http://archives.cbc.ca/IDCC-1-73-676-3873/politics_economy/presidents/

I invite you to listen to Eisenhowers’ speech in 58, which is particularly focused on the cooperation and friendship during a time when Canada and America where at odds in some issues.

Frankness, in good spirit, is a measure of friendship

JFK in 1961.

Geography has made us neighbours; history has made us friends.

Reagan in 1981, quoting a Calgary writer 60 years before.

The difference between a friend and an aquaintance is that a friend helps where an aquaintance merely advises. We come here not to advise not to lecture we’re here to listen and to work with you. We’re here as friends, not as aquaintances.

6 thoughts on “President Bush avoids Carolyn Parrish?”

  1. Hmmm. I think these comments are beneath you. Chris, you don’t seem welcoming to me at all. You sound snide and snarky. You also seem insecure as a Canadian seeing insults where none is intended. Canadians need to get over that.

    As I’ve said before, it was nice that Canadians were sympathetic and helpful in the aftermath of 9/11. We were and are grateful for the outpouring of support received. However, it’s not hard to be kind to a people wounded and on their knees in grief. Once we recovered enough to stand up and fight, it was a different story. Americans have long memories too. NOt long ago, a poll of Canadian teenagers revealed that 40 % of them believe that the US is evil. EVIL. Where do you suppose the idea that we are evil came from?

    If you want to cut down on the polarization going on, you might want to ponder the fact that the stones being thrown are all AT the US, not coming FROM the US.

  2. Jane:

    You’re asking me to forgive (but not forget) and I am certainly willing to do that. That is what I said in my article. It seems to be the President who is unwilling to deal with the issues of Today.

    If our two states are friends, as they have been in the past, shouldn’t a simple speech to Parliament be a matter of course? Should it not be automatic?

    Instead the President goes for a photo-op at Halifax harbour?

    The message he’s sent to a large number of Canadians, including myself, is that he’s not ready to face the music.. he’s not yet ready to accept our friendship based on the fact that we can have legitimate disagreements and still be friends.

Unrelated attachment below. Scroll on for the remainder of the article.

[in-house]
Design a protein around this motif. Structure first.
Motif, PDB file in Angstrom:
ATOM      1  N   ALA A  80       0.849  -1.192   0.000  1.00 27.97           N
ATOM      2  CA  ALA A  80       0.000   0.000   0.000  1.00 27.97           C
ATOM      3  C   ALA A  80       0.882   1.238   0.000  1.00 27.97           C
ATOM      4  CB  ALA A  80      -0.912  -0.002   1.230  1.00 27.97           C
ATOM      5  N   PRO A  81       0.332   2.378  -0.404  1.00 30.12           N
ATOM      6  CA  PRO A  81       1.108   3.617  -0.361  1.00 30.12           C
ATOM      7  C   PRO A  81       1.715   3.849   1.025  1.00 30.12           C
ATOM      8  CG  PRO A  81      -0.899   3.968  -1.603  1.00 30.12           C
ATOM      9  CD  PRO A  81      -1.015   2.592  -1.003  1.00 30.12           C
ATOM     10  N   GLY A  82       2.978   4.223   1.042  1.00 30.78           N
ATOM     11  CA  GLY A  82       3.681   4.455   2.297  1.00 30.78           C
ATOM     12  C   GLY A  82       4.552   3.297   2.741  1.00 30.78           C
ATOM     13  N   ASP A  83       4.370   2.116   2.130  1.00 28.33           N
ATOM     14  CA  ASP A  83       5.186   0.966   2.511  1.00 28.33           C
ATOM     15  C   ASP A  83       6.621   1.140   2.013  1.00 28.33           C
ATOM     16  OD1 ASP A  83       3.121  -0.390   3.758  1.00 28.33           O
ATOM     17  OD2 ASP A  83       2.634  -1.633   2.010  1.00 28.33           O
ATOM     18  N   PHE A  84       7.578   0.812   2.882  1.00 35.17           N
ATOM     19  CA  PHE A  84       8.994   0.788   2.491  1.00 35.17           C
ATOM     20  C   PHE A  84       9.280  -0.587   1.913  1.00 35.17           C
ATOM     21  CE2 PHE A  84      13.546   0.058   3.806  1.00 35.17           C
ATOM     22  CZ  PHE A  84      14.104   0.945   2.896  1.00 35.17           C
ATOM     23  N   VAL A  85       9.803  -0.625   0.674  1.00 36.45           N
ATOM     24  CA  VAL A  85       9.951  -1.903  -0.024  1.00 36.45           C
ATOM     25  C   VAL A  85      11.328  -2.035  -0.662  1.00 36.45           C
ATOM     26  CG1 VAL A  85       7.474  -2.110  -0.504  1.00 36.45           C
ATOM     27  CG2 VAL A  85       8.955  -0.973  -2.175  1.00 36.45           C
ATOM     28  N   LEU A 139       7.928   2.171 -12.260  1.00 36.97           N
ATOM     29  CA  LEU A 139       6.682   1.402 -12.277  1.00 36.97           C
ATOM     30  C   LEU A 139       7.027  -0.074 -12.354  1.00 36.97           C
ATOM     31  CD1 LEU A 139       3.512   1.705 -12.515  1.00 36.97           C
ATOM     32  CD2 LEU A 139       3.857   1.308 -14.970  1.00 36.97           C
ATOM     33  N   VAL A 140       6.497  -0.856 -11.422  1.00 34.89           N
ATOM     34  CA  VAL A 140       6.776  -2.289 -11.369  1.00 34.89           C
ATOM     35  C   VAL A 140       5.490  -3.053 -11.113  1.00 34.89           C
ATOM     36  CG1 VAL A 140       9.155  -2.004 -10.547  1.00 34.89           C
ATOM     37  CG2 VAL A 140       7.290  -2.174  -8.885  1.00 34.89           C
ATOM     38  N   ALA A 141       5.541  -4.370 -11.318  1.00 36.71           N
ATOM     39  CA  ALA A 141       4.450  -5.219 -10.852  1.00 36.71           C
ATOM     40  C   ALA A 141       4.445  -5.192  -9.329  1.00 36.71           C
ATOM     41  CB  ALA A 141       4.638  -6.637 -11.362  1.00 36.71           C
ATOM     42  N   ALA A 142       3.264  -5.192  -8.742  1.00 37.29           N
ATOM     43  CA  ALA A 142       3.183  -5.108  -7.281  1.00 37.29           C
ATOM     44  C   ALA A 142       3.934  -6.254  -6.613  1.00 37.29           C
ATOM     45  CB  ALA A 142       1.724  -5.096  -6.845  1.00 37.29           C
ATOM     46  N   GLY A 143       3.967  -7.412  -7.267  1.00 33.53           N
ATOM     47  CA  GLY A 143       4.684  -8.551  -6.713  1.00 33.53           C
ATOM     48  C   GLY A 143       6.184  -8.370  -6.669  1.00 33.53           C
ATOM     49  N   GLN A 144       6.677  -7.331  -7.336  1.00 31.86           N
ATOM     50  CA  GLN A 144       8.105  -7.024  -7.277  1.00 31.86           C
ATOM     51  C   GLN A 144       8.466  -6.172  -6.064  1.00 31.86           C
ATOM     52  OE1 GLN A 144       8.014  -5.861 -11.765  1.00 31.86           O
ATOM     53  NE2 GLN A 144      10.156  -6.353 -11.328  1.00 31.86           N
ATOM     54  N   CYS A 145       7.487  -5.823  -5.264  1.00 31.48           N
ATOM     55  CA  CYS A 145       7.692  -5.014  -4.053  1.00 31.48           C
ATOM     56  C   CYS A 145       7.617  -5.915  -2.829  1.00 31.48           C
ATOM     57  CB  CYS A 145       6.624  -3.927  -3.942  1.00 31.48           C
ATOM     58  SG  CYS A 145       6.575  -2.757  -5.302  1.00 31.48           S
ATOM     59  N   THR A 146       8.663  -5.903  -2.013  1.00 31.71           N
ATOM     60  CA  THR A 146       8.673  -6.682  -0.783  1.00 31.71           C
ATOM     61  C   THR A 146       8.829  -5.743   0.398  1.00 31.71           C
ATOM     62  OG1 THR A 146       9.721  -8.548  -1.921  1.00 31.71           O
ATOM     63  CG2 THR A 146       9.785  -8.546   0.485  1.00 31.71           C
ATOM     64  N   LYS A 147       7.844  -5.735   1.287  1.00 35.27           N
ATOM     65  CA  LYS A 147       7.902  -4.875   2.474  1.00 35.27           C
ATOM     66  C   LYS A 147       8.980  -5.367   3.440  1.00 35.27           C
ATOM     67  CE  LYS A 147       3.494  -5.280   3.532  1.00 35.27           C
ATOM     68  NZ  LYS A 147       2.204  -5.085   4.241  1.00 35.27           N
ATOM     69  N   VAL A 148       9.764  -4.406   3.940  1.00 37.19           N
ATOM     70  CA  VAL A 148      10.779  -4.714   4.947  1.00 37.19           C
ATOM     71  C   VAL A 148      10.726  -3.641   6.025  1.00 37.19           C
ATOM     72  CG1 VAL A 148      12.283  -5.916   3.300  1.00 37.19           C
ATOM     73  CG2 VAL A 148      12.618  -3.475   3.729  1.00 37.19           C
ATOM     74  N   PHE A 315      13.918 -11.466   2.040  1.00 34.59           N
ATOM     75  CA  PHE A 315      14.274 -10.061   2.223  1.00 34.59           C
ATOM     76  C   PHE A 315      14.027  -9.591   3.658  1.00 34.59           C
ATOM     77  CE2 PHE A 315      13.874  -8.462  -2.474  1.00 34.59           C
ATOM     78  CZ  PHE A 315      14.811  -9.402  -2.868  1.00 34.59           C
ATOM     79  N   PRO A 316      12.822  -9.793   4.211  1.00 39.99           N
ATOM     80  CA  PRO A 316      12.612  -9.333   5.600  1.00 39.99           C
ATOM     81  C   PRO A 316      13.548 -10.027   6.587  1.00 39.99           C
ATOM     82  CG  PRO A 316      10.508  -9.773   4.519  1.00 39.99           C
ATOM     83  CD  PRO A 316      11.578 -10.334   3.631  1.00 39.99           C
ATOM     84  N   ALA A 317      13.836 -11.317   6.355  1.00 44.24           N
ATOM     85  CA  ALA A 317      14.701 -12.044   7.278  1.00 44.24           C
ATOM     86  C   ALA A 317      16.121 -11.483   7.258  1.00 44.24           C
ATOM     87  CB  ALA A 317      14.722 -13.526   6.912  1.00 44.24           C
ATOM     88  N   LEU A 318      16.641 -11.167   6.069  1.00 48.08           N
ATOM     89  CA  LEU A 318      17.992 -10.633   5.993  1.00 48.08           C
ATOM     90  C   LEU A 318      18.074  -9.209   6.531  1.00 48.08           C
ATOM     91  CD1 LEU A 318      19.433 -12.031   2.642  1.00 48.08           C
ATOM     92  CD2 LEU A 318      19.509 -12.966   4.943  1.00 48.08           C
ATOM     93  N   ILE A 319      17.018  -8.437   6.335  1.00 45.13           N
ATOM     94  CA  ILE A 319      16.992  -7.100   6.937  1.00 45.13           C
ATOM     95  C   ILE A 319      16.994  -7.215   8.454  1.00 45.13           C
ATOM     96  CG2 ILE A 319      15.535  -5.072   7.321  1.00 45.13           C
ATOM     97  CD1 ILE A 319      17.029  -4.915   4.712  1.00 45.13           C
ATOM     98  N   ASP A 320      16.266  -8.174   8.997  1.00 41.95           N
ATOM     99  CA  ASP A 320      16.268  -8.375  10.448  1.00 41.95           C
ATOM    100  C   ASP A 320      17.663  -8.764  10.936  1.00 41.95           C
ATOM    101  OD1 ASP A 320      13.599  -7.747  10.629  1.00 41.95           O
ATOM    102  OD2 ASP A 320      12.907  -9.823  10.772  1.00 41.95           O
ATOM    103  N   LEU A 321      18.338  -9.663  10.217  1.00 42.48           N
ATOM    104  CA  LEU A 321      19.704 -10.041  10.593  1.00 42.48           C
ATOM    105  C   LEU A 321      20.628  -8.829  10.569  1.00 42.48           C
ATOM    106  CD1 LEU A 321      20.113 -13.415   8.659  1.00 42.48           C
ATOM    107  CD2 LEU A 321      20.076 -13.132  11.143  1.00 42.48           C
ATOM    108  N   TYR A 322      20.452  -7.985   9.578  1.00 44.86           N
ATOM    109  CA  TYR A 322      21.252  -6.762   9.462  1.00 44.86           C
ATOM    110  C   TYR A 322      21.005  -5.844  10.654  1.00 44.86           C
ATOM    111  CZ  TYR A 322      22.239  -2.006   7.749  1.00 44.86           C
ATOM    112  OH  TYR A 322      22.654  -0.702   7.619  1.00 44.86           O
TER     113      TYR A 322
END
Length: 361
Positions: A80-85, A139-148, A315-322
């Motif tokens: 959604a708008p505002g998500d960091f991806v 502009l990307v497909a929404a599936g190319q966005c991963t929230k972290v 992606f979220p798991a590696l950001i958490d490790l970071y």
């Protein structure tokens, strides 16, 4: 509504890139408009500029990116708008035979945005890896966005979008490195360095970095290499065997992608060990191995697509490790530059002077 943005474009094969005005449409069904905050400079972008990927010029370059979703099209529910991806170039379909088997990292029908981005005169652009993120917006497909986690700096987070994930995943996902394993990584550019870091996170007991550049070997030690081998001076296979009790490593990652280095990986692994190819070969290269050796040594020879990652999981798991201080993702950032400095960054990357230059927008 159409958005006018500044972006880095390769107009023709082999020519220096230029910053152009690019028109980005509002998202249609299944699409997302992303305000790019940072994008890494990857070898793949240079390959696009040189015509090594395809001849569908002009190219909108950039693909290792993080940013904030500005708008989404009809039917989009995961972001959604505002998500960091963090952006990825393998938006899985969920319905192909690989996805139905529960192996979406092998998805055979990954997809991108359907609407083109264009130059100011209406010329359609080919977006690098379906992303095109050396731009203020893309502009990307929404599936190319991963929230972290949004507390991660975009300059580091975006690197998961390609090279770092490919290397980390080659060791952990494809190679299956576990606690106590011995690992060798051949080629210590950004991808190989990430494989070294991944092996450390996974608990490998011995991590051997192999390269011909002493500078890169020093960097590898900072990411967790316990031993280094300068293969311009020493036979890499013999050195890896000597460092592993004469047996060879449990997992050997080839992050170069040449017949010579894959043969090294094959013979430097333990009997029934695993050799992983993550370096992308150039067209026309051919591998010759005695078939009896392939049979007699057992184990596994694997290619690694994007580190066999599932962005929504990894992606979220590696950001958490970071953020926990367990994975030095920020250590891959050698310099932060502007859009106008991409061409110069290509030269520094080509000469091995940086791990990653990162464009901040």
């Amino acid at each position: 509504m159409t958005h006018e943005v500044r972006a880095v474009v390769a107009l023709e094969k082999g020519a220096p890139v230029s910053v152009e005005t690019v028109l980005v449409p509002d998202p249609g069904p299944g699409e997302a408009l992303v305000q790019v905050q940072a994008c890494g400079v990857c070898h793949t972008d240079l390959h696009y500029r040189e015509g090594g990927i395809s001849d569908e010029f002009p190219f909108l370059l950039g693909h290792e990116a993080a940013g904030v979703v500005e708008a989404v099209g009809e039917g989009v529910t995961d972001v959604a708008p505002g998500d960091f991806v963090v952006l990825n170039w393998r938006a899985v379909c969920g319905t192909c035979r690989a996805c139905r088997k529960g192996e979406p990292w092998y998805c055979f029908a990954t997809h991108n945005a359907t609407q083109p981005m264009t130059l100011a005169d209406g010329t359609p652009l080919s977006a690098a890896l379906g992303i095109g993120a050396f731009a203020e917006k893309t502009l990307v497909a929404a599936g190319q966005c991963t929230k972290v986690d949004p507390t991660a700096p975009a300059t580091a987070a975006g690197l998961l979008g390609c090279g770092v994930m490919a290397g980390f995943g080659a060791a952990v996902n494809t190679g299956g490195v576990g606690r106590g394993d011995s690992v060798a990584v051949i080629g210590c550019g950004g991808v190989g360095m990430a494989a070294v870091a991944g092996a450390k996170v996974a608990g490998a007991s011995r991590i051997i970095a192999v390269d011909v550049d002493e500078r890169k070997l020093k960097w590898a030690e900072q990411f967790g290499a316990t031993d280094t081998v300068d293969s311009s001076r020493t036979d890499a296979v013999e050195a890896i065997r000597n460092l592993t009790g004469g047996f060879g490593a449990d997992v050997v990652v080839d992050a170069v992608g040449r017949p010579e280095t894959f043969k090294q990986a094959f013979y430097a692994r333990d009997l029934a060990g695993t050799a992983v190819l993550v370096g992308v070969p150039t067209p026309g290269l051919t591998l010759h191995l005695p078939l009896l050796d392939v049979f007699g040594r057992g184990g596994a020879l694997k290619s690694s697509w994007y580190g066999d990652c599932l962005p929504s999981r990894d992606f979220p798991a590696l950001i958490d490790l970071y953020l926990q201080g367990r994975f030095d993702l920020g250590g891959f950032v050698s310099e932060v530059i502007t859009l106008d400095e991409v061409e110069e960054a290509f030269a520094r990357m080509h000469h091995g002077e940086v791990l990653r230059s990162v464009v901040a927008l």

I mean.. if he had planned a townhall or something with a bunch of Canadians, and cancelled because he knew the reaction he’d get… then of course that’s understandable. But the House of Commons is full of a bunch of stuffy MPs whos’ worst “heckle” is a non-discript (boaaahhhhh) from the Back Bench.

    He could have used that speech to rally Canadians to his aid. He could have asked us for his help himself… rather than through the back rooms. He could have challenged us to meet him in his quest to make the world a better place.

    Instead, he goes for the photo-op.

    Honestly… I think it’s a weak move by Bush. And very indicative of the state of relations between our two countries.

  3. And to address you insults… at the time… they were insults, whether they were intended or not. As I recall, the Administration later said that Canada was “implied” in the list of countries the President sounded off as he made his speech to Congress… but how hard is it to say the name?

    I’ll be listening to what President Bush has to say in Halifax.. it’ll be interesting.

    And I take issue with this:
    “Once we recovered enough to stand up and fight, it was a different story.”

    That is wholly untrue. We were there, and still are there in Afghanistan and in the wider war on terror. Our countries did not agree on Iraq being part of the GWT… thus we did not participate… but even then we provide more aid than any other non-CotW member.

    See the link in the updated article to see that Canada has committed $187 million to Iraq for reconstruction. More than any other non-Arab, non-Coalition country.

  4. The Afghan war was an easy choice for Canada…a popular cause even in France. Too bad Canadians haven’t walked with us as Australia has down this road. Australia sees her US relationship
    with the US in a much more realistic light – friend, ally and protector and has no sense of inferiority or envy.

    Bush is often witty. Just listen without the critical, hate him attitude.